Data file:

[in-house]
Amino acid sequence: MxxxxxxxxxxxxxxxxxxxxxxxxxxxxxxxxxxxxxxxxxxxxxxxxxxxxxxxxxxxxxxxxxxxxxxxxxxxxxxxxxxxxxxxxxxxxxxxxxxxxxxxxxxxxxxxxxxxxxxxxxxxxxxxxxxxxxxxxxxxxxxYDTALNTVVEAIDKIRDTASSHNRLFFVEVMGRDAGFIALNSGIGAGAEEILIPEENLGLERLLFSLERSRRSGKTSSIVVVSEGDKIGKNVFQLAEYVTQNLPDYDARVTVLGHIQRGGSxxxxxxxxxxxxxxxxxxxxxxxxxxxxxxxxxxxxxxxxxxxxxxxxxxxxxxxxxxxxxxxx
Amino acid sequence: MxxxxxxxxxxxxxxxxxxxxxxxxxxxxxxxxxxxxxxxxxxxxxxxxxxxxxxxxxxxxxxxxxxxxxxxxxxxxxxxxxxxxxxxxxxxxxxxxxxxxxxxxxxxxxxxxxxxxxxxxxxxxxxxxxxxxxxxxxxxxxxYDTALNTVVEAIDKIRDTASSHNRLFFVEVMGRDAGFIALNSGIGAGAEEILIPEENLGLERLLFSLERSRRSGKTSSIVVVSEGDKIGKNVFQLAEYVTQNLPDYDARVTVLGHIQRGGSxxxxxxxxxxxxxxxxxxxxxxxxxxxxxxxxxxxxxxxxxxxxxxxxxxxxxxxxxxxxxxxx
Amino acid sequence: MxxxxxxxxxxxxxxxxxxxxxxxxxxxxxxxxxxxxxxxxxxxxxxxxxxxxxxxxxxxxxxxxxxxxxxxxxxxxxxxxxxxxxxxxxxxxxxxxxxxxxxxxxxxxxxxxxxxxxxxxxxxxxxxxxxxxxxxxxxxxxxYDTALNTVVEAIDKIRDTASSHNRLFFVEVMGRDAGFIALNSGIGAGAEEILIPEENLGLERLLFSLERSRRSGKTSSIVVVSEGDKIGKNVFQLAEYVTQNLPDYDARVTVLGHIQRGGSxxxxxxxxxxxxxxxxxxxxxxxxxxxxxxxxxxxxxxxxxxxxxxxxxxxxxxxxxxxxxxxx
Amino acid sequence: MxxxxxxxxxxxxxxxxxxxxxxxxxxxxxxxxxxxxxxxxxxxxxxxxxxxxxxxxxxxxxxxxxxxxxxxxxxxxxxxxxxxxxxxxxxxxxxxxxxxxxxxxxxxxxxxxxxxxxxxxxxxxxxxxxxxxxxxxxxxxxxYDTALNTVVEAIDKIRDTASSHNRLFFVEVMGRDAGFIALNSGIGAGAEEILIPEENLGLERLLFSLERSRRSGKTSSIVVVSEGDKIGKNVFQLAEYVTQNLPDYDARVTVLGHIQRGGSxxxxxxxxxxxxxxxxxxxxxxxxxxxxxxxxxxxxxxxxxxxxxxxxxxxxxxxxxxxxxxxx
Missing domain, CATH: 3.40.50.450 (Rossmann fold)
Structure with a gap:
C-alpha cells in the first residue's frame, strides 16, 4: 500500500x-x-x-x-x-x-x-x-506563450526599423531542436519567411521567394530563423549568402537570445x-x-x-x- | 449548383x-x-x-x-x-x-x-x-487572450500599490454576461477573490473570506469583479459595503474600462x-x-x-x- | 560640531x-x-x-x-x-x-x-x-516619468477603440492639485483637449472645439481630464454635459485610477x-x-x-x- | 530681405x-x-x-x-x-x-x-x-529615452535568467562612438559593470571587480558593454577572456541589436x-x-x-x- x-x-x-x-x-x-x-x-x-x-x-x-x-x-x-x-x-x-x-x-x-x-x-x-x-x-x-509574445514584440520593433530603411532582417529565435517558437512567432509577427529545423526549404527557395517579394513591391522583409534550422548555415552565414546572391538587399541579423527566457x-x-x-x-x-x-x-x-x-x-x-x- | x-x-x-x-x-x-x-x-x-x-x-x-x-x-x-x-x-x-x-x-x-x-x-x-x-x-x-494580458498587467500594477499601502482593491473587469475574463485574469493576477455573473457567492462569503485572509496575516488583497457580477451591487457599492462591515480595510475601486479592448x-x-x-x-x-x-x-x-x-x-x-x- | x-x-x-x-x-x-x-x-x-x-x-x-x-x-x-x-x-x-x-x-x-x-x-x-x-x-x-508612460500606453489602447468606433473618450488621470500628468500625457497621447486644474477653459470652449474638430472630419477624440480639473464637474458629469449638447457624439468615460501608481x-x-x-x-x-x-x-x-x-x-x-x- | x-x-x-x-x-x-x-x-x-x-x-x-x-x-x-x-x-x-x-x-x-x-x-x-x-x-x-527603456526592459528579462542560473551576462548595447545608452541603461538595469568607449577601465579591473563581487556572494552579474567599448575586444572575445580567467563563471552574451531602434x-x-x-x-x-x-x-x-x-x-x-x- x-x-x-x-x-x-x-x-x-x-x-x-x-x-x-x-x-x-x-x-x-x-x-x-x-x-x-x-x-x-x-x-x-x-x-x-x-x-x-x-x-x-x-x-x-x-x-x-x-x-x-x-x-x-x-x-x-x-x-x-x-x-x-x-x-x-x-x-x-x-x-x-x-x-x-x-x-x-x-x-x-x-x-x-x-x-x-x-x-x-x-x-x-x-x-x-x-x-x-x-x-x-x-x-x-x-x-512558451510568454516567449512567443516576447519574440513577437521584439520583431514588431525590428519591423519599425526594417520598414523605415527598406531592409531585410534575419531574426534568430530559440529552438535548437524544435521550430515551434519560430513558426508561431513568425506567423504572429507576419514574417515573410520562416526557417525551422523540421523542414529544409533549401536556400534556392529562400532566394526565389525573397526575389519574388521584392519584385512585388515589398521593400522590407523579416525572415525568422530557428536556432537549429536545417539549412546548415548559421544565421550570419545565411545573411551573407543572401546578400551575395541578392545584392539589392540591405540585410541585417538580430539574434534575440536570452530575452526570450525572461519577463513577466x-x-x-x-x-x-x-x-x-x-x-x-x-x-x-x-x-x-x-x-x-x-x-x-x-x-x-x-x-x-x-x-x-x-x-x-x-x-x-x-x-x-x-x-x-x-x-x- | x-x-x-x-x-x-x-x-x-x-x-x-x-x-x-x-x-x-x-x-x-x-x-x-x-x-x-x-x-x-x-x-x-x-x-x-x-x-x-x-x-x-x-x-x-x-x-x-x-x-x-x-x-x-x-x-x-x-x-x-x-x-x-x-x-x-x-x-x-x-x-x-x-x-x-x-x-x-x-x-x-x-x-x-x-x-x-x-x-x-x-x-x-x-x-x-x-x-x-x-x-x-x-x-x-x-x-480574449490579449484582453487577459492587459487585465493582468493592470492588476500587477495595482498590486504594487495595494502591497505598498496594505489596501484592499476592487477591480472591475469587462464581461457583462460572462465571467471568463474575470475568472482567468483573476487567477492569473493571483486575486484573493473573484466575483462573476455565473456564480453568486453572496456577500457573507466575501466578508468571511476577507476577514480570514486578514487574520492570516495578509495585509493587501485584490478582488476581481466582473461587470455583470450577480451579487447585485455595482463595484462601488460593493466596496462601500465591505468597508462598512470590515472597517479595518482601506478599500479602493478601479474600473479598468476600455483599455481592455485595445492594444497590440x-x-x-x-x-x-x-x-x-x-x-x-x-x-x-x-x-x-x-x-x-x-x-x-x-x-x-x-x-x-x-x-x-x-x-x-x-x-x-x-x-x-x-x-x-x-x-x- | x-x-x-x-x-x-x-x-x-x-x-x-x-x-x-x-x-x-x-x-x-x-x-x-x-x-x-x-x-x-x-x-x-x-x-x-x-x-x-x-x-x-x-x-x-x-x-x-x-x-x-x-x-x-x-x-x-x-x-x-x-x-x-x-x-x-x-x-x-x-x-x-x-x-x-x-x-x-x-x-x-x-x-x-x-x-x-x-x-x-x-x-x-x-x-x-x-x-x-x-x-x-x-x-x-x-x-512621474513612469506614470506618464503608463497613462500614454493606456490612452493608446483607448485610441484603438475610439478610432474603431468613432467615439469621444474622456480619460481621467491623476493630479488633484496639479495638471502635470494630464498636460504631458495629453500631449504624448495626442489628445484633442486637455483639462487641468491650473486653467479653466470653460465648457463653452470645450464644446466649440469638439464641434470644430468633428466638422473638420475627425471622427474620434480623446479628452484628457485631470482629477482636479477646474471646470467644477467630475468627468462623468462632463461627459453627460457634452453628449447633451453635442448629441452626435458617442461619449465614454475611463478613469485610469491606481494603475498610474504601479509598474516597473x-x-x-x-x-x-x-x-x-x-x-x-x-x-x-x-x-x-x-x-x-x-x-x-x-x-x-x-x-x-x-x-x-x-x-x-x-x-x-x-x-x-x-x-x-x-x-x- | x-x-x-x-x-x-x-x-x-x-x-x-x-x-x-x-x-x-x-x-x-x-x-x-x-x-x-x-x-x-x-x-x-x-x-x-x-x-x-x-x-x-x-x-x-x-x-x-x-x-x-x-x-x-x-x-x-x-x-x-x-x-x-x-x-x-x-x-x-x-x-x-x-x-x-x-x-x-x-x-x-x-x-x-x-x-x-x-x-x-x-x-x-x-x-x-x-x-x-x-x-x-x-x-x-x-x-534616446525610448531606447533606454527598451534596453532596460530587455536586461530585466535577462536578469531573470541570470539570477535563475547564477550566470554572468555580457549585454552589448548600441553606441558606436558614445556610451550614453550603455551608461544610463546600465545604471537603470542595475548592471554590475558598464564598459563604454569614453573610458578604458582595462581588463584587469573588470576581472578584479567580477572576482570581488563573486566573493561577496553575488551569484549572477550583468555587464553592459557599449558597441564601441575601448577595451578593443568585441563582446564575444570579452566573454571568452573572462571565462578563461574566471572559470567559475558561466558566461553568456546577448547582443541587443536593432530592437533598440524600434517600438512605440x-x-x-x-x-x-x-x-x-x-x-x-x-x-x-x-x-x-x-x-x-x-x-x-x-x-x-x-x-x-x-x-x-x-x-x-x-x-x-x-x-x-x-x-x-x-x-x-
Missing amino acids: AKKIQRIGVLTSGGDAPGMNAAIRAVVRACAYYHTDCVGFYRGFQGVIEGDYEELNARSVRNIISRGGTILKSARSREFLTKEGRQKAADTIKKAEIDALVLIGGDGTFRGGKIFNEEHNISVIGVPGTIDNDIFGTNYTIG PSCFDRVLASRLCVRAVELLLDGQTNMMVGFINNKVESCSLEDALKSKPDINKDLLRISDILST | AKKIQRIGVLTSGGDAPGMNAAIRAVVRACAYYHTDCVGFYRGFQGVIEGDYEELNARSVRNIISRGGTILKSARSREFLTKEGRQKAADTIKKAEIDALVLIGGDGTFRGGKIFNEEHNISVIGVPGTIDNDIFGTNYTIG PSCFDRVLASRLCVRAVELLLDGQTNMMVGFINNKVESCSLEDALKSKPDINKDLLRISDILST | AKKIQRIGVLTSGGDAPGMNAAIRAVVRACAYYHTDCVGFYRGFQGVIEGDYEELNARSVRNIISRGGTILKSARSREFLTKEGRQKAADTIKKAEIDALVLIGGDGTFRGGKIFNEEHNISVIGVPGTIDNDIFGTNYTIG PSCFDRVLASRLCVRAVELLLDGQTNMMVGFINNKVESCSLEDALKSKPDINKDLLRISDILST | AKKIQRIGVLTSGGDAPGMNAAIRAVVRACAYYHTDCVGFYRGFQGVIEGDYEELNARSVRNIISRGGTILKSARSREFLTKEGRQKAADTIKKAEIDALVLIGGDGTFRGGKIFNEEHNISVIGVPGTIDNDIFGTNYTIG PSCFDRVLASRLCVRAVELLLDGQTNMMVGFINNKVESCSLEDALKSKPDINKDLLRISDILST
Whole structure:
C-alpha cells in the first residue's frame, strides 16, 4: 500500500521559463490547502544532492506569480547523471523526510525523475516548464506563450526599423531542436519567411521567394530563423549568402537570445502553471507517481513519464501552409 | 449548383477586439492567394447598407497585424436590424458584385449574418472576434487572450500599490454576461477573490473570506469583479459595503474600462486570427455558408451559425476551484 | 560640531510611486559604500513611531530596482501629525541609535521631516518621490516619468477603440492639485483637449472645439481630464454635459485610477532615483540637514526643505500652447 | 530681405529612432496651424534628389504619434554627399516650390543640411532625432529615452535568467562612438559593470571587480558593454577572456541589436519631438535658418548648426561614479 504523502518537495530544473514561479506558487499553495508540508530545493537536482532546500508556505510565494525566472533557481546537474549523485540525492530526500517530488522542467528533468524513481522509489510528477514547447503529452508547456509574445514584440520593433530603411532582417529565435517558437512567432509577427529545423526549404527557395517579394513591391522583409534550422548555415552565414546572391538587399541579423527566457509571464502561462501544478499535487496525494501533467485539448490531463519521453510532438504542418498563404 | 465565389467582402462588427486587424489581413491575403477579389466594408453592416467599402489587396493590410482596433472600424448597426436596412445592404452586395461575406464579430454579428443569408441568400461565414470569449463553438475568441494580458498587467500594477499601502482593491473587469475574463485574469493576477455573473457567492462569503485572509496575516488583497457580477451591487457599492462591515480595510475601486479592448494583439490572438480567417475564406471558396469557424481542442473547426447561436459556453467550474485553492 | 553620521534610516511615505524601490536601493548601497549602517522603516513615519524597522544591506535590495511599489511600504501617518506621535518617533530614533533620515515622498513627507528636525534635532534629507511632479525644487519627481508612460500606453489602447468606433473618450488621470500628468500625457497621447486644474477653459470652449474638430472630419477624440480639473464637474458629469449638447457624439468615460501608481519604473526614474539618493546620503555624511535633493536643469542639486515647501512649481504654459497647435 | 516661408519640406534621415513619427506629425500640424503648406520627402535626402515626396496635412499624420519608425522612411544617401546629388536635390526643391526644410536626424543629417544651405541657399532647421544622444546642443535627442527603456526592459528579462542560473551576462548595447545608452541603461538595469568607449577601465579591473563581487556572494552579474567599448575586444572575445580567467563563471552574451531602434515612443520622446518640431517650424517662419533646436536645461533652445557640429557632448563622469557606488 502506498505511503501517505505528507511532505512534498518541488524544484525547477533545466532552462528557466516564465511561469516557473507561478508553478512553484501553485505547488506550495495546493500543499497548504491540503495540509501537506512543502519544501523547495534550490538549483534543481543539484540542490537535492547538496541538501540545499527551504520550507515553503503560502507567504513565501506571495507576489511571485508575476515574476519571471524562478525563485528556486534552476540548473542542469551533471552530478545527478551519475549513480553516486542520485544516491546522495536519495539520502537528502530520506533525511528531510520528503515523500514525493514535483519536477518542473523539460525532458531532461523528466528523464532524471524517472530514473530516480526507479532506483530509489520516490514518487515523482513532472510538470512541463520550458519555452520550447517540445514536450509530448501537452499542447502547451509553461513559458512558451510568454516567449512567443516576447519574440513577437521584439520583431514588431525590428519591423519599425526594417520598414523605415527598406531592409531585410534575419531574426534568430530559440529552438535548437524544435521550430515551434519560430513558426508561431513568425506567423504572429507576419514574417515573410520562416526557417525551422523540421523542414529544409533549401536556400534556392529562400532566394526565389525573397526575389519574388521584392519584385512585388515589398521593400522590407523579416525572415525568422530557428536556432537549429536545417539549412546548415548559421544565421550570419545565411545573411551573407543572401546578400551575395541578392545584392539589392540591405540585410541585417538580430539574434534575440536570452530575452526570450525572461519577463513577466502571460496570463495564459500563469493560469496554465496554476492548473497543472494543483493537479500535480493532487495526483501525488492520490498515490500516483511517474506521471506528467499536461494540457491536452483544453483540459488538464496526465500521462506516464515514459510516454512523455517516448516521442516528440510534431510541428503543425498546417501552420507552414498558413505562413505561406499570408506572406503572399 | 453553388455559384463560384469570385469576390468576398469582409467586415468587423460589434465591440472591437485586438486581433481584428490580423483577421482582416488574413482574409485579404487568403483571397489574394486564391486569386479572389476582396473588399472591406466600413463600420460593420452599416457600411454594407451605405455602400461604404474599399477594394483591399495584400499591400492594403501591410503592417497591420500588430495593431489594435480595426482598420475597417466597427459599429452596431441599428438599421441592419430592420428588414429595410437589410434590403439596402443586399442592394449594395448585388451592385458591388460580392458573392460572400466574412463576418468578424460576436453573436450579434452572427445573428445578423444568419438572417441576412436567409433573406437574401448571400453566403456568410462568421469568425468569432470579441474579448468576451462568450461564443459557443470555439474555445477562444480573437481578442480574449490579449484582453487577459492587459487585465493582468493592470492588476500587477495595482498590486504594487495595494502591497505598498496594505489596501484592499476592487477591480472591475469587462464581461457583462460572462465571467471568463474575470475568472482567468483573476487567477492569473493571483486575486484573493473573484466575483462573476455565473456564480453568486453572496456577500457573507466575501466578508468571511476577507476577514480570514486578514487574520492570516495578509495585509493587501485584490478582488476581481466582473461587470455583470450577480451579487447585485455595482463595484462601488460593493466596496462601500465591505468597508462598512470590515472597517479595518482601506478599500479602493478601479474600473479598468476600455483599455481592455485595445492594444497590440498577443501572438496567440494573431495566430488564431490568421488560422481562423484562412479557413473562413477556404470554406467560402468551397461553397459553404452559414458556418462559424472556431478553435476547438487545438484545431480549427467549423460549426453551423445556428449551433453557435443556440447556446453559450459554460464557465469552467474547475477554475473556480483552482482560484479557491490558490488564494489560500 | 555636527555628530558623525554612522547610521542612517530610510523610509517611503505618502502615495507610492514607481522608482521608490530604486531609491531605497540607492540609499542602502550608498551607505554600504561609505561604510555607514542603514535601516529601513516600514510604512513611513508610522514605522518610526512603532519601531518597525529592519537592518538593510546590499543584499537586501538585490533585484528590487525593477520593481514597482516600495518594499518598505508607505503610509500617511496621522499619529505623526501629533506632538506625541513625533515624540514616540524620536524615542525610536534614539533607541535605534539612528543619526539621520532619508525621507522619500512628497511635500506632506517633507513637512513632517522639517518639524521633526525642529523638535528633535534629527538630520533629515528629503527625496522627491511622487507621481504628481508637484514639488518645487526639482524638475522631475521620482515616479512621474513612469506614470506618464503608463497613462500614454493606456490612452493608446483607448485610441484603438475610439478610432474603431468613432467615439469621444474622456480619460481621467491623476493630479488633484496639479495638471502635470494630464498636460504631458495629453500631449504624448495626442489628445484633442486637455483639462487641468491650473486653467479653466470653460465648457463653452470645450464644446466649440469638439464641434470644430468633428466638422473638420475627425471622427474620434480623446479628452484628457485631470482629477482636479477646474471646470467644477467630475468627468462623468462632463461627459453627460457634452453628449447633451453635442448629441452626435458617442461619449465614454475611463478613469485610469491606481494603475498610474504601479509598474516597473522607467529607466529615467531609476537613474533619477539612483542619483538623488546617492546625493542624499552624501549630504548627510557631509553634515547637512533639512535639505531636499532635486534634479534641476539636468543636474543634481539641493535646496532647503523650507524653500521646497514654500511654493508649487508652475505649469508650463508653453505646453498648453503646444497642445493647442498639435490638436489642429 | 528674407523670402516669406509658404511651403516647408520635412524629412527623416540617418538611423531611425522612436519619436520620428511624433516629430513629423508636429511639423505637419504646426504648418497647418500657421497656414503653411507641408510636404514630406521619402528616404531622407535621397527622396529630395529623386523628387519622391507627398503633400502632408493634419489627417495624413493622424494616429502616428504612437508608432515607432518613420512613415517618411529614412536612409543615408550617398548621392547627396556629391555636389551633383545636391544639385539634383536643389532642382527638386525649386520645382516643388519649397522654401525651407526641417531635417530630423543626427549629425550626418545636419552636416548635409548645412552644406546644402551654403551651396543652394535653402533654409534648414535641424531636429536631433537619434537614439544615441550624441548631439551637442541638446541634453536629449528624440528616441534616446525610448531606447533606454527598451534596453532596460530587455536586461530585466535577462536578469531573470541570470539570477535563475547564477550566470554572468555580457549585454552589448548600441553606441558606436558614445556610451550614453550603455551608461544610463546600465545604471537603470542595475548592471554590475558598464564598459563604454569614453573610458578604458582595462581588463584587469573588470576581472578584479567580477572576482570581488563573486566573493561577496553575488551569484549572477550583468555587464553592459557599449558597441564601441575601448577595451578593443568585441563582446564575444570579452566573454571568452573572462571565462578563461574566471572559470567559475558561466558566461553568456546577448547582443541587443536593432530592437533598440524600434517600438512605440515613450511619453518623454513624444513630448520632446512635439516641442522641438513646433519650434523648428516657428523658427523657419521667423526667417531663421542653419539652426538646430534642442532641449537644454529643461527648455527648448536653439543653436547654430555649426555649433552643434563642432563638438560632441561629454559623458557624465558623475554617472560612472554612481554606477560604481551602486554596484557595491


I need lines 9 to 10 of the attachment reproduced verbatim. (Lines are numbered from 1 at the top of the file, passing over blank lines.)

Missing amino acids: AKKIQRIGVLTSGGDAPGMNAAIRAVVRACAYYHTDCVGFYRGFQGVIEGDYEELNARSVRNIISRGGTILKSARSREFLTKEGRQKAADTIKKAEIDALVLIGGDGTFRGGKIFNEEHNISVIGVPGTIDNDIFGTNYTIG PSCFDRVLASRLCVRAVELLLDGQTNMMVGFINNKVESCSLEDALKSKPDINKDLLRISDILST | AKKIQRIGVLTSGGDAPGMNAAIRAVVRACAYYHTDCVGFYRGFQGVIEGDYEELNARSVRNIISRGGTILKSARSREFLTKEGRQKAADTIKKAEIDALVLIGGDGTFRGGKIFNEEHNISVIGVPGTIDNDIFGTNYTIG PSCFDRVLASRLCVRAVELLLDGQTNMMVGFINNKVESCSLEDALKSKPDINKDLLRISDILST | AKKIQRIGVLTSGGDAPGMNAAIRAVVRACAYYHTDCVGFYRGFQGVIEGDYEELNARSVRNIISRGGTILKSARSREFLTKEGRQKAADTIKKAEIDALVLIGGDGTFRGGKIFNEEHNISVIGVPGTIDNDIFGTNYTIG PSCFDRVLASRLCVRAVELLLDGQTNMMVGFINNKVESCSLEDALKSKPDINKDLLRISDILST | AKKIQRIGVLTSGGDAPGMNAAIRAVVRACAYYHTDCVGFYRGFQGVIEGDYEELNARSVRNIISRGGTILKSARSREFLTKEGRQKAADTIKKAEIDALVLIGGDGTFRGGKIFNEEHNISVIGVPGTIDNDIFGTNYTIG PSCFDRVLASRLCVRAVELLLDGQTNMMVGFINNKVESCSLEDALKSKPDINKDLLRISDILST
Whole structure: